Welcome to The Morning After, where I share with you what movies I’ve seen over the past week. Below, you will find short reviews of those movies along with a star rating. Full length reviews may come at a later date.
So, here is what I watched this past week:
Shaun of the Dead
Edgar Wright’s first feature after a modestly successful TV career is a bizarre tale of a childish appliance salesman grappling with a collapsing relationship as a zombie apocalypse begins around him. Aided by his best mate (Nick Frost), Shaun (Simon Pegg) navigates the deadly minefield of shambling zombie attacks and romantic relationships, the dangers of each competing for dominance.
Wright’s film, co-written with Pegg, is a great bit of fun. Employing fairly typical British comic timing, the movie swiftly moves towards its somewhat inevitable conclusion. Weaving in a comic pseudo love story into a zombie horror film is irregular, but handled quite judiciously. Deadpan humor, protagonist obliviousness, and copious sight gags make for a fun romp. At times, the film moves slowly, but overall it’s an entertaining, engaging ride.
A follow up to his successful 2004 zombie romantic comedy, Edgar Wright brought his main cast members (Simon Pegg & Nick Frost) back for a new comic excursion, this time into a cop buddy comedy. Set in a quaint English countryside village, Sgt. Nicholas Angel (Pegg) is forced to bring his anti-crime police skills to bear in a town with seemingly little violence. Paired with his new inspector’s (Jim Broadbent) son (Frost), a nefarious murder plot begins to emerge as several grizzly “accidents” begin pointing to something underhanded. What’s wrong is something far bigger and more insidious than even Sgt. “Angle” expects.
At times, this film is far funnier than its 2004 predecessor, but it also feels a bit more conventional. Pegg goes from haphazard schlub to total badass with a strange efficiency. The straight-laced British humor is ever-present, though the copious sight gags that thrilled in Shaun of the Dead are largely absent here. It’s a movie that feels tonally different from his predecessor, while sharing that film’s odd twists on traditional themes of the genre.
Despicable Me 3
Introducing a couple of new characters is perfectly fine for the third film in a series. Despicable Me 3 doesn’t have much new, but still feels like it has tacked itself onto its predecessors in a way that feels derivative.
Finally returning to his roots, everyone’s favorite villain Gru (Steve Carell) must contend with his desire to please his hero spy wife’s (Kristen Wiig) desire to return to work and his own appreciation of sneaky villainy. Everything here feels a bit tired, almost lazy. We’re introduced to an interesting plot that feels like it’s put on the back-burner even when being at the forefront of events. The voice work is perfunctory with a few interesting bright spots.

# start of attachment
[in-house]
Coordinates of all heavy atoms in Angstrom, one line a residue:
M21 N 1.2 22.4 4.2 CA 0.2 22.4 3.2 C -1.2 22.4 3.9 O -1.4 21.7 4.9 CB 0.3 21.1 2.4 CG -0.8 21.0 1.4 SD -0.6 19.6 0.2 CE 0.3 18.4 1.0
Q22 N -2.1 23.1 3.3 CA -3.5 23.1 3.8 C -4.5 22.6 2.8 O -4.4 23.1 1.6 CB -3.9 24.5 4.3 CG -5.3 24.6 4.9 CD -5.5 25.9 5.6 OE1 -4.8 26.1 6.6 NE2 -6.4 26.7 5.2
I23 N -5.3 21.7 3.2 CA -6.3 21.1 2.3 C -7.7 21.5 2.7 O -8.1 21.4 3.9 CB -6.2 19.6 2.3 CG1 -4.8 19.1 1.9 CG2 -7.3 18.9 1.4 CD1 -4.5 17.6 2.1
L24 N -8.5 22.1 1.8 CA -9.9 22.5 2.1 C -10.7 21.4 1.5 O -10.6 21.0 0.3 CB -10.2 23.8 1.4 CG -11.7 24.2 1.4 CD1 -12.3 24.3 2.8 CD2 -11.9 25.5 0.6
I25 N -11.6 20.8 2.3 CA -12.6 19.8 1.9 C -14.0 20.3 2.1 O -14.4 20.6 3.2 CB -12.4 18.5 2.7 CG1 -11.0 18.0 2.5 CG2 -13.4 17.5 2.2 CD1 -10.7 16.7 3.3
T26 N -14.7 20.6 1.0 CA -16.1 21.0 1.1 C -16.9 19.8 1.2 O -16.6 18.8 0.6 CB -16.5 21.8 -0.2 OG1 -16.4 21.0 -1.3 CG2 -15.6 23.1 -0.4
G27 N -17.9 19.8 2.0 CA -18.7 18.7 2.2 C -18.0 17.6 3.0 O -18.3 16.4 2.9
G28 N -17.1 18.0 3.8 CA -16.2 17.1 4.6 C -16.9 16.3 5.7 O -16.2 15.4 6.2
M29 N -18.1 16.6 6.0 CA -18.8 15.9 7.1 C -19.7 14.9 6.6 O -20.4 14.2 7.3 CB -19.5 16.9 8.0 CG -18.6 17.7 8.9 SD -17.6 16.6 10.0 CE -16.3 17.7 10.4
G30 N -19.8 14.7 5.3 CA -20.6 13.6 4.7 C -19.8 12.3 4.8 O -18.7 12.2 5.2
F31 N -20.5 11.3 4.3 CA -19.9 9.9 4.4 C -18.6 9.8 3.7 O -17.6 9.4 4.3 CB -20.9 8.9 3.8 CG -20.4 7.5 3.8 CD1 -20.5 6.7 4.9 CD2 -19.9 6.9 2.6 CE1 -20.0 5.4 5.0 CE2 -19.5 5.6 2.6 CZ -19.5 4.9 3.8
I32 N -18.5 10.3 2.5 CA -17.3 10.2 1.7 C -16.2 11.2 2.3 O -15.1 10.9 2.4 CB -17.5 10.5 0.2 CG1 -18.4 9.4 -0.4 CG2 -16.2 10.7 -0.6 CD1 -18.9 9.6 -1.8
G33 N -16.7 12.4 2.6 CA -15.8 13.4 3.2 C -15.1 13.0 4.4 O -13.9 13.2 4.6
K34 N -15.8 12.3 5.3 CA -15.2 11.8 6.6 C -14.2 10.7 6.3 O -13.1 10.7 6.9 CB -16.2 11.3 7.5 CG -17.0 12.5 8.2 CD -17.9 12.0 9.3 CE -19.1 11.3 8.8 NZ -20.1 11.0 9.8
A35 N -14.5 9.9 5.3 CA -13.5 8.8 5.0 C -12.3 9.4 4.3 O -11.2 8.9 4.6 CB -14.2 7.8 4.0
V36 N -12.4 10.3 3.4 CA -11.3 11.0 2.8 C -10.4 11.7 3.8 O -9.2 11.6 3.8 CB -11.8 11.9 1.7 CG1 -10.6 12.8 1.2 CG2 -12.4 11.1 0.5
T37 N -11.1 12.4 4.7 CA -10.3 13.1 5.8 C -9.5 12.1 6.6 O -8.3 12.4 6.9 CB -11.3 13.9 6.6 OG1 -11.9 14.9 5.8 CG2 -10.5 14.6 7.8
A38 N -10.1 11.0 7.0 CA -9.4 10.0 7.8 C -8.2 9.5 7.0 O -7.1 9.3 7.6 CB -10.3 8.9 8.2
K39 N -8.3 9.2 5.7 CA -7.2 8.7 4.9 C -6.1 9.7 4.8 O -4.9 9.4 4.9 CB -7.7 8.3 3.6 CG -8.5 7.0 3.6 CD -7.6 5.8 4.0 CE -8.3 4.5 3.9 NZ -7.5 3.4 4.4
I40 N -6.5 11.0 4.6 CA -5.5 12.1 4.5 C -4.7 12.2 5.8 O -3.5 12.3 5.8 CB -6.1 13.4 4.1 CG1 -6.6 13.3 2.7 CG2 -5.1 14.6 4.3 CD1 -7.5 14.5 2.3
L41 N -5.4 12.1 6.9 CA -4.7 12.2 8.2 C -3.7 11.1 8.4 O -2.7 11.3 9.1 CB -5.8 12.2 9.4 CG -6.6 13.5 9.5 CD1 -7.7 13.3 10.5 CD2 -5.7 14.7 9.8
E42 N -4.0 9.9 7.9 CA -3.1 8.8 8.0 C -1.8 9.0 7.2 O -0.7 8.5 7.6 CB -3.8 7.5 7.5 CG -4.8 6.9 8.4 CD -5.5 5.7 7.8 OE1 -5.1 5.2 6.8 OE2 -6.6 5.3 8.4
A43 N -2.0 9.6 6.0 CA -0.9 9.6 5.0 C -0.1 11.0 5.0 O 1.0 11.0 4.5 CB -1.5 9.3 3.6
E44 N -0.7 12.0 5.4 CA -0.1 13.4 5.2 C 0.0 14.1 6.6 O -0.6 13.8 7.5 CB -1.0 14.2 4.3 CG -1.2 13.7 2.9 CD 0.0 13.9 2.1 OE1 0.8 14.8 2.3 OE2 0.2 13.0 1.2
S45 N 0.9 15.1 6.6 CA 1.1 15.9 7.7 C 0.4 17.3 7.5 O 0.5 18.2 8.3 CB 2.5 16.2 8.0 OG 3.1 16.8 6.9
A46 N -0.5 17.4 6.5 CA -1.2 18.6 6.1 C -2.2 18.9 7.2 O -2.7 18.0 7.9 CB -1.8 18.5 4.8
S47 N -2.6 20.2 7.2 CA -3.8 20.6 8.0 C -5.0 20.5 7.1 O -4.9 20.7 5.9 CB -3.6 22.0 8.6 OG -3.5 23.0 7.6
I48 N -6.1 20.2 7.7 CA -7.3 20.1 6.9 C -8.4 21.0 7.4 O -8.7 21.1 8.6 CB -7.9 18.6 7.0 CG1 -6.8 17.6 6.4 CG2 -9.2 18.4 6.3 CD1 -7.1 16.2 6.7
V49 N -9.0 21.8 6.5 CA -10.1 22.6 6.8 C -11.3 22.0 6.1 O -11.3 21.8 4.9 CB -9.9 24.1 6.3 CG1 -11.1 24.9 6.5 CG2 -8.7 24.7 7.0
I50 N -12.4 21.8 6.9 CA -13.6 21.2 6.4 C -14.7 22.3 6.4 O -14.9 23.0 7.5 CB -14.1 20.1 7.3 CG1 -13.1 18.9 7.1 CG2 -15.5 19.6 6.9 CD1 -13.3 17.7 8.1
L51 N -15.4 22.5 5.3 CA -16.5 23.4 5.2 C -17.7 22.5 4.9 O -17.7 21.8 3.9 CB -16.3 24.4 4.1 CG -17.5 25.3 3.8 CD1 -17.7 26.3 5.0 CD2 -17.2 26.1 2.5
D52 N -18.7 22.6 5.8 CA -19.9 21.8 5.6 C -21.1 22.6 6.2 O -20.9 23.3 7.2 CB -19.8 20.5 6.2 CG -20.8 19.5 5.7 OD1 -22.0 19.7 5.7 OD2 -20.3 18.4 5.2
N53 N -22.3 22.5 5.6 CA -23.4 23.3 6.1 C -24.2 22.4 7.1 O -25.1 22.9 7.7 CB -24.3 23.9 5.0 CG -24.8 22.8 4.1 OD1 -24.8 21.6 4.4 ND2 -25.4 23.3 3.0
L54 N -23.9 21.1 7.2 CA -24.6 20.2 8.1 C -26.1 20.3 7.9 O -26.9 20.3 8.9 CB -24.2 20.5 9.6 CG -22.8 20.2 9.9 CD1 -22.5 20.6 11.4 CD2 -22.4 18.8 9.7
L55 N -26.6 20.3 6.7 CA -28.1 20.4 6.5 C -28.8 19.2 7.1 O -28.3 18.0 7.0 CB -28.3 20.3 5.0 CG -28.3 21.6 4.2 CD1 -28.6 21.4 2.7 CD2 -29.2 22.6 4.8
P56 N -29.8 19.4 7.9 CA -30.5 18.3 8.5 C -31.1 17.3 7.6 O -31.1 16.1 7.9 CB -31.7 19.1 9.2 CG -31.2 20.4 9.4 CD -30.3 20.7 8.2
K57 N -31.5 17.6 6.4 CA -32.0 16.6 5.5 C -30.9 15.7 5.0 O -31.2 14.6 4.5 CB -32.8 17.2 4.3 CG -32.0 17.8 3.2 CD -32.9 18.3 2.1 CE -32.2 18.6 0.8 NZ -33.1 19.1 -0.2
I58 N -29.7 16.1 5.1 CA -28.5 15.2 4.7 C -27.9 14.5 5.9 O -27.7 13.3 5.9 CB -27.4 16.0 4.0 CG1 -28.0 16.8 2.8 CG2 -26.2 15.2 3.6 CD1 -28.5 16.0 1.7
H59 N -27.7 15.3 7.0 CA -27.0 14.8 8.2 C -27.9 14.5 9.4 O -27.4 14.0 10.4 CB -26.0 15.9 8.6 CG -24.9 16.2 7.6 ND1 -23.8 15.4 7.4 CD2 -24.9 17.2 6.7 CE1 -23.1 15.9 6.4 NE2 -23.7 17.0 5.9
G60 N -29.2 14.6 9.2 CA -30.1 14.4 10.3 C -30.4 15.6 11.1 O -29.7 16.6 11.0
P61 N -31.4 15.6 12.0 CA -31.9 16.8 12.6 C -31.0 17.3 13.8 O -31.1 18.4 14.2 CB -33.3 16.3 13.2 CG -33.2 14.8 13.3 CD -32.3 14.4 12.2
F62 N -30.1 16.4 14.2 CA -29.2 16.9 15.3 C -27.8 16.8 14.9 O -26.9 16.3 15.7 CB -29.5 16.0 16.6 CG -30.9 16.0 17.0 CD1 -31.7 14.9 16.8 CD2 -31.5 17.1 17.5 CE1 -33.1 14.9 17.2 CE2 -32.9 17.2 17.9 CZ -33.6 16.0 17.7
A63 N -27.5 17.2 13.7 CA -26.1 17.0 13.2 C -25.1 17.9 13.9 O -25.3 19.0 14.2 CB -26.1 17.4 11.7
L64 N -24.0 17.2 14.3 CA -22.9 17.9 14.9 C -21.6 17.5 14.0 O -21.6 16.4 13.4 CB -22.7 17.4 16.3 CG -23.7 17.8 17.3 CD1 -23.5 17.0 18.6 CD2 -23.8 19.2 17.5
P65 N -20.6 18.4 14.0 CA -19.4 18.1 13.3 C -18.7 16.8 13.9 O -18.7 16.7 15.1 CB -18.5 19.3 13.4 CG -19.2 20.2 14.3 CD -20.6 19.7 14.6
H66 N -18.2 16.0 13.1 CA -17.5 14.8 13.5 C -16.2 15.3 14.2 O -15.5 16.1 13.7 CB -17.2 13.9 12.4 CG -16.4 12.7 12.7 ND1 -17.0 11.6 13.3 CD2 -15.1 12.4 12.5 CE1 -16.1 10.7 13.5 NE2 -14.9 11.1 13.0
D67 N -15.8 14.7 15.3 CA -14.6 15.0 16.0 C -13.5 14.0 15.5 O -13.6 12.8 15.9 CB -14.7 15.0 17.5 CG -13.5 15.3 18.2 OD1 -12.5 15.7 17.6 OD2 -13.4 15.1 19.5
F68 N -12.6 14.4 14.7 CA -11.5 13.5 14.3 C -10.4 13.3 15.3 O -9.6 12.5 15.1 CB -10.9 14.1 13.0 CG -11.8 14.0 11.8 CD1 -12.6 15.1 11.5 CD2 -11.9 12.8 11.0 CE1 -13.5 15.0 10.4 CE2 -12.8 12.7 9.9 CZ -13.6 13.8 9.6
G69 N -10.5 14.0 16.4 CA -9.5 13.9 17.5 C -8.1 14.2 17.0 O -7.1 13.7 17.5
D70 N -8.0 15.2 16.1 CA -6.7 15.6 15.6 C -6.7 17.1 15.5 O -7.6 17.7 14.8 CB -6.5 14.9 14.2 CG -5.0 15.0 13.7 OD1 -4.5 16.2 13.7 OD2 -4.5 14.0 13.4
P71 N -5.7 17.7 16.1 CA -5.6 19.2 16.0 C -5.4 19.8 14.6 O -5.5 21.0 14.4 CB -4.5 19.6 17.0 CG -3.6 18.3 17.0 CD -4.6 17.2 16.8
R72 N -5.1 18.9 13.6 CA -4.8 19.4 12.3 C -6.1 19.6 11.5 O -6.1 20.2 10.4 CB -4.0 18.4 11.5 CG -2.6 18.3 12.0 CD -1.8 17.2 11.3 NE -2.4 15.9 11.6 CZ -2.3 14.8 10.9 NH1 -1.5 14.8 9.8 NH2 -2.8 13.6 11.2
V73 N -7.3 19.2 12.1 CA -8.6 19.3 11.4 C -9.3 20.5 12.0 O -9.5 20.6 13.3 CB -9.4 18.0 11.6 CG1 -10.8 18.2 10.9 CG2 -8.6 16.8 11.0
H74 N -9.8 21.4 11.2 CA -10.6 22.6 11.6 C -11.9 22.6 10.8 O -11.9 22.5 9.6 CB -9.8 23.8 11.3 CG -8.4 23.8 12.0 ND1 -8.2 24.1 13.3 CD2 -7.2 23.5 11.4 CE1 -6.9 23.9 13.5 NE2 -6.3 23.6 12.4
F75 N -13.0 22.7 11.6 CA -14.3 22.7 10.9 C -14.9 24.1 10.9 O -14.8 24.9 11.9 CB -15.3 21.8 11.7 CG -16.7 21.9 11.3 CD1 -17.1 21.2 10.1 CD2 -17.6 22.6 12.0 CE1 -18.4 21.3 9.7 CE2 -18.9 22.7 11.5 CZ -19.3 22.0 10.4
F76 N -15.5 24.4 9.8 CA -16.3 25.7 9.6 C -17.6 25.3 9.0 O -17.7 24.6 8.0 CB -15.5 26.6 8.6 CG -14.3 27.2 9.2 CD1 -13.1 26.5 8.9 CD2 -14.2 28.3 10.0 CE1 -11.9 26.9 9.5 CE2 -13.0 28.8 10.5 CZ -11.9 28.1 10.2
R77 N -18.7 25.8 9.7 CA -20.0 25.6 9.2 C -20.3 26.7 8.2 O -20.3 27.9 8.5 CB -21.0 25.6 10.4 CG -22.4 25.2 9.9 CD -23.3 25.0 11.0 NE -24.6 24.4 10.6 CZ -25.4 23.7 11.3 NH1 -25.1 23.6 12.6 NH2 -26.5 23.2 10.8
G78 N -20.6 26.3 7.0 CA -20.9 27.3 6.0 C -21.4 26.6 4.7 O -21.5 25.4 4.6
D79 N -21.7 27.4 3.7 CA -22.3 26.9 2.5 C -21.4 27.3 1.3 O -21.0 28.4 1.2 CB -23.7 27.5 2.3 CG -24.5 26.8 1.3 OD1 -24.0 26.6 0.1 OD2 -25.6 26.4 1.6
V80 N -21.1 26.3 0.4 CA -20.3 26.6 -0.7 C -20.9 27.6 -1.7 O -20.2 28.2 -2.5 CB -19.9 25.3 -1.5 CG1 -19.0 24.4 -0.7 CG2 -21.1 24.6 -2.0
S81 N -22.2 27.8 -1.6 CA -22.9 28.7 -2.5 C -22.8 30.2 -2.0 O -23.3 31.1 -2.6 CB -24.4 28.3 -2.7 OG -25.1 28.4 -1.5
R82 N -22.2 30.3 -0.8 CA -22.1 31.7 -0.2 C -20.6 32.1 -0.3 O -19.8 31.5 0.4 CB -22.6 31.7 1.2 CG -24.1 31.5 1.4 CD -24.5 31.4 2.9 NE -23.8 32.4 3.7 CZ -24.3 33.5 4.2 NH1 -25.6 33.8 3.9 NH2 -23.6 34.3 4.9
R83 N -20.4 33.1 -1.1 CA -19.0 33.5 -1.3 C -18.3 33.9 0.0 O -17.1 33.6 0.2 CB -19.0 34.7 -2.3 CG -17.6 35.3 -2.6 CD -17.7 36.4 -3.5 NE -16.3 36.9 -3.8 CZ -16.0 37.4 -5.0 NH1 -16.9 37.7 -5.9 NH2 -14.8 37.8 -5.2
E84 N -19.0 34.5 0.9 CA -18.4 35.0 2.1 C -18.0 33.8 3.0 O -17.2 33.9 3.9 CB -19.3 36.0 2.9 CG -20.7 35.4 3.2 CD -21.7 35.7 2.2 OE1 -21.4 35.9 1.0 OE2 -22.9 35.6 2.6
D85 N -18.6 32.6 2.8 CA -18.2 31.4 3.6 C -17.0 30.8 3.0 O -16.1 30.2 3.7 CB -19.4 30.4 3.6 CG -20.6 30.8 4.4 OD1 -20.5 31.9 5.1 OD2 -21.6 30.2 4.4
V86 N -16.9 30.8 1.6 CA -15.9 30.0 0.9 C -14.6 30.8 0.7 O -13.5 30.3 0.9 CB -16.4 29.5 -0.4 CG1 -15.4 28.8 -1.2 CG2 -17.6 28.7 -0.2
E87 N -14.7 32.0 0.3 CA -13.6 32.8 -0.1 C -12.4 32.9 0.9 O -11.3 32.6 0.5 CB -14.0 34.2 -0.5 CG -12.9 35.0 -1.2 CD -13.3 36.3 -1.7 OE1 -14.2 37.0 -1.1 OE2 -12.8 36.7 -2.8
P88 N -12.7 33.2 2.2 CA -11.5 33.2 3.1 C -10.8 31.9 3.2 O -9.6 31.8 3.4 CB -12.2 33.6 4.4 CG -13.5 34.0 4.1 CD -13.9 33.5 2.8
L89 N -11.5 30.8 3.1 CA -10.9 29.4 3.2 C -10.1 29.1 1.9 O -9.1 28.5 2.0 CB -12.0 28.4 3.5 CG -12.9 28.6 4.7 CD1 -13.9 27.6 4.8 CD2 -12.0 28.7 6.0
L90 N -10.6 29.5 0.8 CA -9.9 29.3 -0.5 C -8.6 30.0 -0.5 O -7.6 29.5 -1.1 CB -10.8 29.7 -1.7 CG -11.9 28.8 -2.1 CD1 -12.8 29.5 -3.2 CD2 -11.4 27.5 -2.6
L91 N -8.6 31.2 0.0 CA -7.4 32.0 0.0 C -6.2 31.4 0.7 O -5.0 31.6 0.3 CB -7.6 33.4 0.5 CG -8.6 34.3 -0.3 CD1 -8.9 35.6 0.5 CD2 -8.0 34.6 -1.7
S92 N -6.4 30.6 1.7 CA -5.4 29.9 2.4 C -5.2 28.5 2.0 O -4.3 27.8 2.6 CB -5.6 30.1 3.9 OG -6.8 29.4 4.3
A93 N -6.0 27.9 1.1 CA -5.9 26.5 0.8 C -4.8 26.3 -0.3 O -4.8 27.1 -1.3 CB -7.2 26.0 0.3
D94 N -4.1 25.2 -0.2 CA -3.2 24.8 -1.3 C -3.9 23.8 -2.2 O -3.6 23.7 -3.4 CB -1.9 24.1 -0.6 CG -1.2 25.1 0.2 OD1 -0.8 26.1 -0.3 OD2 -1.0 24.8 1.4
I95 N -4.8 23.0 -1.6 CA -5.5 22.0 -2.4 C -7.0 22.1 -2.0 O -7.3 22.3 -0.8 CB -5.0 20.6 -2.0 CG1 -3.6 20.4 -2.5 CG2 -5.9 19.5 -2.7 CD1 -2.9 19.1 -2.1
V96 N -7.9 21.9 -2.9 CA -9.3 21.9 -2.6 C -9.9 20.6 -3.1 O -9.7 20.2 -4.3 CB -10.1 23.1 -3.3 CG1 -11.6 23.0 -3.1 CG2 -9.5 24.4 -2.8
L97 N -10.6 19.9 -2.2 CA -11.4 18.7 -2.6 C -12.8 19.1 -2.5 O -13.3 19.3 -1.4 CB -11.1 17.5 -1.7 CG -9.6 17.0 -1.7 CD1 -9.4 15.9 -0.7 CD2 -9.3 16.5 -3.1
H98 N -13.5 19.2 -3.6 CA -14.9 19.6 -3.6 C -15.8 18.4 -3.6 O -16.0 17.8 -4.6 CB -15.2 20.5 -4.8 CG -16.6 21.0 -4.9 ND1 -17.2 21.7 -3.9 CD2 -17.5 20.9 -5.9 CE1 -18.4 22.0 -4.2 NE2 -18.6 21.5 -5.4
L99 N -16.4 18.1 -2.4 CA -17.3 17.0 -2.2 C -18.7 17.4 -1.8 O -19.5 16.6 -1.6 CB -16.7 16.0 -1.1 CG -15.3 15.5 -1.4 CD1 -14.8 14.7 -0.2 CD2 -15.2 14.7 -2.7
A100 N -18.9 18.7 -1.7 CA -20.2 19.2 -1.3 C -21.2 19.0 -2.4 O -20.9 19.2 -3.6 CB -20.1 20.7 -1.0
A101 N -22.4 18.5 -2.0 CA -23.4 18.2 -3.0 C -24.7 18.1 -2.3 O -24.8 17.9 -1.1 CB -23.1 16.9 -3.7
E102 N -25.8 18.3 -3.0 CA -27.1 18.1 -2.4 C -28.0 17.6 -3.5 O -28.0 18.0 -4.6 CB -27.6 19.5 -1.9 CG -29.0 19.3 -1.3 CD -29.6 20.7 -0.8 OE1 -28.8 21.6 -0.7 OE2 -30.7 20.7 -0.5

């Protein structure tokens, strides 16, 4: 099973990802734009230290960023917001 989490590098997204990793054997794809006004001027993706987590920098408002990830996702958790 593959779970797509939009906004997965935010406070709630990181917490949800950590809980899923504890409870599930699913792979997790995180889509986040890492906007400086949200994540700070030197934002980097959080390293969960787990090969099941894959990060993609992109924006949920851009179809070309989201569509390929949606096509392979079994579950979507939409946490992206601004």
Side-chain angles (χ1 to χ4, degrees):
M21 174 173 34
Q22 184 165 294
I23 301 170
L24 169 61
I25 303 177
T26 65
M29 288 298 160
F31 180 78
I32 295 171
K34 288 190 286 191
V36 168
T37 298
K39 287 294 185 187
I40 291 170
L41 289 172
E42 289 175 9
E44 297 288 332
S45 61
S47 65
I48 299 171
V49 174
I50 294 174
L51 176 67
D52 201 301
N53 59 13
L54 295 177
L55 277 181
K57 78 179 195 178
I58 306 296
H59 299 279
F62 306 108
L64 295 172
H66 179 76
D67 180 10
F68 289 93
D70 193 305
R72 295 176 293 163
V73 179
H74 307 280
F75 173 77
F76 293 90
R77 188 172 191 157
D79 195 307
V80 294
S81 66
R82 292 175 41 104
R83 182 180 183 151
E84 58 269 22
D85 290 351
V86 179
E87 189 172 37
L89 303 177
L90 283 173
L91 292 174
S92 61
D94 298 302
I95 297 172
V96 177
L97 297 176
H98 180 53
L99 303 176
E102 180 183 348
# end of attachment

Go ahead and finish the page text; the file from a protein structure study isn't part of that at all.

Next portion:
If there’s a case to be made for this film franchise to find a graceful exit, this might be it. A solid, but underwhelming sequel where everything feels overdone and burdensome when it should feel light and exciting.
A literal and figurative Rough Night at the movies, this Scarlett Johansson starrer has quite a few positives, but nearly as many negatives as it traverses a frequently corny murder comedy and tries desperately to salvage itself when things are already crumbling around it.
Set during a bachelorette party, four old friends and a new buddy join together to celebrate Jess’ (Scarlett Johansson) impending engagement at a Miami beach house. When they accidentally kill a stripper, the quintet embarks on a quest to protect themselves from the impending jail cell they all fear. Johansson, Jillian Bell, Zoe Kravitz, Ilana Glazer, and Kate McKinnon are all capable comedians as the five friends in the film, but the material has too many slow moments and not enough cohesive energy to sustain a film running an hour and forty minutes. What’s worse is that the attempt to stretch the film to its eventual length makes for some very awkward and challenging dead spots.
Director Lucia Aniello has spent most of her career working in television, where compact storytelling is a must. Her screenplay, co-written by Paul W. Downs, who plays Jess’ fiance Peter in the film, feels like it might have been more compelling and tightly written were it made as a TV series. Padding the width with awkward silences doesn’t make for a fun time. Comedies like this need to be rapid-fire and things need to move fairly quickly to create the kind of frantic pace the film suggests without exemplifying. This is a movie that you very much want to enjoy, but ultimately feel like you were shortchanged by a faulty and overdone premise with insufficient rewards.